|ProGen group at SLIG|
My week at SLIG 2013 is over; I returned home last night. A colleague suggested I post information about the course, Advanced Genealogical Methods by Thomas W. Jones, Ph.D., CG, CGL, during the week but I was too busy, and too tired to do so. Here is a review of the week. The italicized sections are all I managed to write during the week.
Saturday: Dropped my bags at the hotel around noon, and walked to the Family History Library to work on a personal project about the Eastham family.
Sunday: Reviewed the case studies for the course. Sunday evening we received a course syllabus and attended a reception. The tables, set up by class, allowed us to meet our instructors and and classmates. It was fun to meet several people I knew on-line, including Claire Bettag and Angela McGhie, from ProGen.
The afternoon sessions were Claire Bettag "Archival Research" and "Getting the Most From Military and Pension Records" by Rick Sayre. No homework this evening as there is an evening session by Tom Jones, "Planning Efficient and Effective Research." The evening ended with a "Genealogy Game Show," hosted by Craig Scott which was a fun way to test our knowledge. It was easy for me to spot gaps - I know the South much better than the North. (I knew all about the Battle of Point Pleasant.)
Tuesday: (Written Tuesday night.) I left my room before 8 am and returned around 10 pm. We had two sessions by Tom Jones today, one each from Judy Russell and Claire Bettag. It seems we are way behind schedule. Dr. Jones spent quite some time emphasizing the first sessions as they are the basis of the course.
The homework assignment involved finding government documents. I once located an act that led to a civil war pension for a ancestor. The pension file is quite large and provides many details about his life. But I did not trace the "Act" throughout it's life, I went immediately to the pension file. Claire's assignment was to track a document from beginning to end using the Serial Set, now available through Heritage Quest and GenealogyBank.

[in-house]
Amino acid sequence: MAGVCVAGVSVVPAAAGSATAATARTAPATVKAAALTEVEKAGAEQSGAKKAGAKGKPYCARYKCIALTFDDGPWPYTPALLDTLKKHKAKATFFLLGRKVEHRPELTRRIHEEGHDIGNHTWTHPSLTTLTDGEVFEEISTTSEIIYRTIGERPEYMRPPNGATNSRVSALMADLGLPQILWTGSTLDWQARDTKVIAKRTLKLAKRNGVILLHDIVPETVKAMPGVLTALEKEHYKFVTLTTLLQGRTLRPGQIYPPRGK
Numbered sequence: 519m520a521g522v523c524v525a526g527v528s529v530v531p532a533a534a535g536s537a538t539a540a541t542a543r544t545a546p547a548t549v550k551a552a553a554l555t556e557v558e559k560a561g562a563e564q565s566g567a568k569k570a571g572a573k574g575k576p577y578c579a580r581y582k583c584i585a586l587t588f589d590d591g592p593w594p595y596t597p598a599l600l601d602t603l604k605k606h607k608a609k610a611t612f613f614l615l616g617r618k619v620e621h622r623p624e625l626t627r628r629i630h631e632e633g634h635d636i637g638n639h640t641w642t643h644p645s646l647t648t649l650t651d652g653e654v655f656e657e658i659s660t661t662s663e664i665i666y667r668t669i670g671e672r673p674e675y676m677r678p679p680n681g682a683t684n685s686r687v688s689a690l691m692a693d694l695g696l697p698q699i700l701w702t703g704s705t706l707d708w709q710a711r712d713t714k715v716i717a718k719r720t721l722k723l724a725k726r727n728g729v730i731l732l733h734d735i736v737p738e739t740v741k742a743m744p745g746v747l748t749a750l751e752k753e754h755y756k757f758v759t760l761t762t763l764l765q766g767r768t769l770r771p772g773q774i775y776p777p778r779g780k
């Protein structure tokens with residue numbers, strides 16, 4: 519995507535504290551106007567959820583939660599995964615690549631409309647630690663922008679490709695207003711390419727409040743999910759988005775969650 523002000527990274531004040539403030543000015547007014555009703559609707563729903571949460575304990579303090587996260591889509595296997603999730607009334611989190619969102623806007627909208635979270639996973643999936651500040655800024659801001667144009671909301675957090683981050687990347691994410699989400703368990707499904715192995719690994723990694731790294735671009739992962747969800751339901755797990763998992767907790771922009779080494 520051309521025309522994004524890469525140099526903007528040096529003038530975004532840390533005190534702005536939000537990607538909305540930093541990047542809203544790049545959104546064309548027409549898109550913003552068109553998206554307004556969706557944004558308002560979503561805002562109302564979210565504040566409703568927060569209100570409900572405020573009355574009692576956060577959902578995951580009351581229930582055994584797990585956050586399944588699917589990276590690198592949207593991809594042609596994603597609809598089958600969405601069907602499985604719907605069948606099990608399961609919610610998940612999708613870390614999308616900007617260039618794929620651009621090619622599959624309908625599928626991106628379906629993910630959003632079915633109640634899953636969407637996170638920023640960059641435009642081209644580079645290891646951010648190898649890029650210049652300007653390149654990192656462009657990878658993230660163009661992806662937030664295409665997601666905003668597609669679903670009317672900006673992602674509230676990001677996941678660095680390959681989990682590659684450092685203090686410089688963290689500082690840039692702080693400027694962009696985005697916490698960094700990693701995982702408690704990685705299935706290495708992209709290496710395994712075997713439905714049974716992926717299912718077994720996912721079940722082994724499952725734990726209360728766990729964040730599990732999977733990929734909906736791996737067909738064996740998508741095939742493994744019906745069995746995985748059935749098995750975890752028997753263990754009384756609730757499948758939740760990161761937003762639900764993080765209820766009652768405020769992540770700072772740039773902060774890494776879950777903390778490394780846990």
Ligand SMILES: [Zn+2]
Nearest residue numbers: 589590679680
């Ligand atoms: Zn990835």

This is what I managed to write Wednesday: 10:10 pm. I think I have solved our homework problem. (It was actually 11:10, my computer is on PST.) It was a very good exercise-that is, it's a good exercise if I came to the right conclusion.
Thursday: We started class this morning at 8 am with a review of yesterday's homework assignment. I'm happy to report I came to the correct conclusion on the assignment. I used a paper version of a spreadsheet to solve the puzzle, with pieces of paper all over the bed each with various facts and names and dates.
We are still running behind in the class, although we made up some of the time today as we powered through. Research questions, reasonable exhaustive search. I will always, I hope, hear Dr. Jones saying "evidence does not exist in the absence of a question." And then on to the analysis, interpretation and correlation of various record groups, probate for example. Today's homework is to review the eight pages of research material, determine which is relevant, and correlate and resolve conflicts to answer the question of paternity.
11:00 pm. The end of the fourth day of SLIG. I just completed our last homework assignment after a trip to the Family History Library. What a week!
Friday: Another session each by Claire Bettag (Federal Land Record) and Rick Sayre (Mapping Strategies). Excellent, of course. Finished up with correlating evidence, resolving conflicting evidence, and writing. A full afternoon. It's hard to believe it's over. Most of us left with mushy minds.
And finally, a banquet with a hilarious talk by John Colletta. A nice ending to a wonderful week.
Saturday, for many, was check out and head to the library for more research before going home. I managed almost seven hours; that's a lot of microfilm.
I made some new friends at SLIG. Some of us lunched together, researched together, and met before class to discuss homework methods and results, especially Marolyn, Morgan, Heather and Perry.
What did I learn, aside from the obvious. I learned to squeeze every bit of evidence from every source available. I learned how to take the steps I have taken one step further. I learned to look at information in a whole new way. And so much more. Although many of the sections of this course are about records, it's not so much about the records as it is how to use them to get the most from them. And once you do that, what do you do with it.
I also came away from the course with another list of books for my library, including Tom's new book, Mastering Genealogical Proof. I wonder if there are pre-sales, NGS?
As anxious as I am to put some of this knowledge to good use, I need to let my brain rest a day or two.
I thank Dr. Jones for a wonderful week of learning.
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